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If you develop a severe toothache or get hit in the mouth, root canal therapy can minimize the pain, preserve your tooth, and prevent the need for an extraction. At Tooth Corps, general and cosmetic dentist Gary Gwilt, DMD, and the team use root canal therapy to save permanent teeth. What’s more, the on-site cone-beam computed tomography (CBCT) scanner allows for precise treatment and successful outcomes. To make an appointment at the practice in Peoria, Arizona, call the office or schedule online today.
A root canal is a type of endodontic treatment that is used to save a decaying or infected tooth. Specifically, it removes the damaged or inflamed pulp, the soft, malleable center of a tooth.
Tooth pulp contains nerves and blood vessels. It helps your permanent teeth come in, but isn’t necessary for their long-term survival. By eliminating damaged or infected pulp, Dr. Gwilt can prevent the infection from spreading, while preserving your natural enamel.
Dr. Gwilt and his team use root canals to treat damaged or infected tooth pulp. Leading causes of pulp damage include:
Pulp-related problems don’t always present obvious symptoms. If you experience pain, increased tooth sensitivity, or a sensation of heat in your gums, make an appointment with Dr. Gwilt right away.
A root canal is an outpatient procedure that takes two appointments, about a week apart.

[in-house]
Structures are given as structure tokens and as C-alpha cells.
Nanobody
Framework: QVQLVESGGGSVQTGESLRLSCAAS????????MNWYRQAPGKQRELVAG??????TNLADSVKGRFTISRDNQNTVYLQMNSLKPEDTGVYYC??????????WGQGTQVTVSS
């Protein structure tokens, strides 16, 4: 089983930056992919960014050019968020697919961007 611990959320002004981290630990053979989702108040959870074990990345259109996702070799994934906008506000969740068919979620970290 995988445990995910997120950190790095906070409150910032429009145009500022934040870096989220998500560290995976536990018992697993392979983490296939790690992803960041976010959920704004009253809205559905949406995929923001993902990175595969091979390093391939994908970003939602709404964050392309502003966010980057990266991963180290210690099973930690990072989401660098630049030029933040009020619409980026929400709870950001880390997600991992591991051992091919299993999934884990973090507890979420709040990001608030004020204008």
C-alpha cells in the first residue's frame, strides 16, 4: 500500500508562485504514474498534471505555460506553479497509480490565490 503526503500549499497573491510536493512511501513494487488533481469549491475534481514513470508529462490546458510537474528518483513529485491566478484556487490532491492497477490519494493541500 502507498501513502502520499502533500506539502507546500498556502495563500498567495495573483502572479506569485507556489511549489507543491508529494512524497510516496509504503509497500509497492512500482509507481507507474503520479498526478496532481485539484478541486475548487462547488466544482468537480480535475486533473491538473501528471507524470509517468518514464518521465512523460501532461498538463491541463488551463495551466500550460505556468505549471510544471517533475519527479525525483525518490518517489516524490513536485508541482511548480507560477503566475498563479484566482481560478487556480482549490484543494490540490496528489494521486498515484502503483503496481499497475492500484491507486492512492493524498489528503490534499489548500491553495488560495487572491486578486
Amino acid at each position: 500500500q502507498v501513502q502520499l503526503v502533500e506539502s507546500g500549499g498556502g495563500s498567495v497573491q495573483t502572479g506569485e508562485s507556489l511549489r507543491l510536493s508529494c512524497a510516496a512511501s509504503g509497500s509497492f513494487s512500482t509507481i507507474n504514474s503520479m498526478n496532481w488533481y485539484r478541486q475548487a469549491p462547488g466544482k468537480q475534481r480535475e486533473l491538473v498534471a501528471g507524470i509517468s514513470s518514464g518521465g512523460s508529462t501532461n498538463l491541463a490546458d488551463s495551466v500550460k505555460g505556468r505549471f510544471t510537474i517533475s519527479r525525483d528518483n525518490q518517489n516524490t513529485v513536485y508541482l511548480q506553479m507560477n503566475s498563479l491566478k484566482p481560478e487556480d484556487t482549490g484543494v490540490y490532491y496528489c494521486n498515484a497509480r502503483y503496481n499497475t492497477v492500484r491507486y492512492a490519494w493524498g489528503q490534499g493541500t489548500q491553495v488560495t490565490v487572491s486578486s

First, Dr. Gwilt conducts an oral exam and takes a series of X-rays using cone-beam computed tomography (CBCT).
If he determines you have infected or inflamed tooth pulp, Dr. Gwilt administers a local anesthetic to numb your mouth. Once you’re comfortable, he makes an access hole in the top of your tooth and carefully removes the pulp.
Next, Dr. Gwilt cleans your tooth out with an antiseptic solution and fills it with a rubbery material called gutta-percha.
When the gutta-percha dries, Dr. Gwilt takes impressions of your tooth. Then, he applies a temporary crown. Dr. Gwilt sends your impressions to a dental laboratory. Technicians at the laboratory use your impressions to design and manufacture a custom dental crown.
About a week later, when the laboratory completes your crown, you visit Dr. Gwilt for your second appointment. Dr. Gwilt administers a local anesthetic, removes your temporary crown, and replaces it with the permanent one. After bonding your crown in place, he polishes it and provides care instructions.
Following a root canal, it’s normal to experience some mild discomfort and increased sensitivity. To make chewing and biting easier, Dr. Gwilt recommends:
If your pain or sensitivity persists, take over-the-counter pain medication or apply a bag of ice to your cheek.
To see if you’re a candidate for a root canal, make an appointment at Tooth Corps by calling the office, or scheduling online today.
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